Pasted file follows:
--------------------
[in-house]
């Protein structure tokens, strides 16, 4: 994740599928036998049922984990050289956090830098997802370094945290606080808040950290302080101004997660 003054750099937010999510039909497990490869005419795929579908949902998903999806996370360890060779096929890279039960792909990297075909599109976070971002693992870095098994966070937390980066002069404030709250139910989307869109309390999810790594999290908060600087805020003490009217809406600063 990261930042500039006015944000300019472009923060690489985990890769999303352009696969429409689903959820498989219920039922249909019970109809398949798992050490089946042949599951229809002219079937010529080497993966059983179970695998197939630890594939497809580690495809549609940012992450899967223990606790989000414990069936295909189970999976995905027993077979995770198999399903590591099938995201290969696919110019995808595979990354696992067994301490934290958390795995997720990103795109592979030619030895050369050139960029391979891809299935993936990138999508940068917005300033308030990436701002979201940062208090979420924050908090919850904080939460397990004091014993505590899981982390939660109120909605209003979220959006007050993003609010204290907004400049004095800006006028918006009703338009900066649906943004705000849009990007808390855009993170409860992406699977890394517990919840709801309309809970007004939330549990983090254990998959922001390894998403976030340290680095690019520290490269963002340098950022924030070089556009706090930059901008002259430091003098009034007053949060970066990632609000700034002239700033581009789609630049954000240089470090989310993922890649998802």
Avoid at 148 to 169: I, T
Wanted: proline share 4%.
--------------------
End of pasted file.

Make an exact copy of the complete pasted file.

[in-house]
């Protein structure tokens, strides 16, 4: 994740599928036998049922984990050289956090830098997802370094945290606080808040950290302080101004997660 003054750099937010999510039909497990490869005419795929579908949902998903999806996370360890060779096929890279039960792909990297075909599109976070971002693992870095098994966070937390980066002069404030709250139910989307869109309390999810790594999290908060600087805020003490009217809406600063 990261930042500039006015944000300019472009923060690489985990890769999303352009696969429409689903959820498989219920039922249909019970109809398949798992050490089946042949599951229809002219079937010529080497993966059983179970695998197939630890594939497809580690495809549609940012992450899967223990606790989000414990069936295909189970999976995905027993077979995770198999399903590591099938995201290969696919110019995808595979990354696992067994301490934290958390795995997720990103795109592979030619030895050369050139960029391979891809299935993936990138999508940068917005300033308030990436701002979201940062208090979420924050908090919850904080939460397990004091014993505590899981982390939660109120909605209003979220959006007050993003609010204290907004400049004095800006006028918006009703338009900066649906943004705000849009990007808390855009993170409860992406699977890394517990919840709801309309809970007004939330549990983090254990998959922001390894998403976030340290680095690019520290490269963002340098950022924030070089556009706090930059901008002259430091003098009034007053949060970066990632609000700034002239700033581009789609630049954000240089470090989310993922890649998802």
Avoid at 148 to 169: I, T
Wanted: proline share 4%.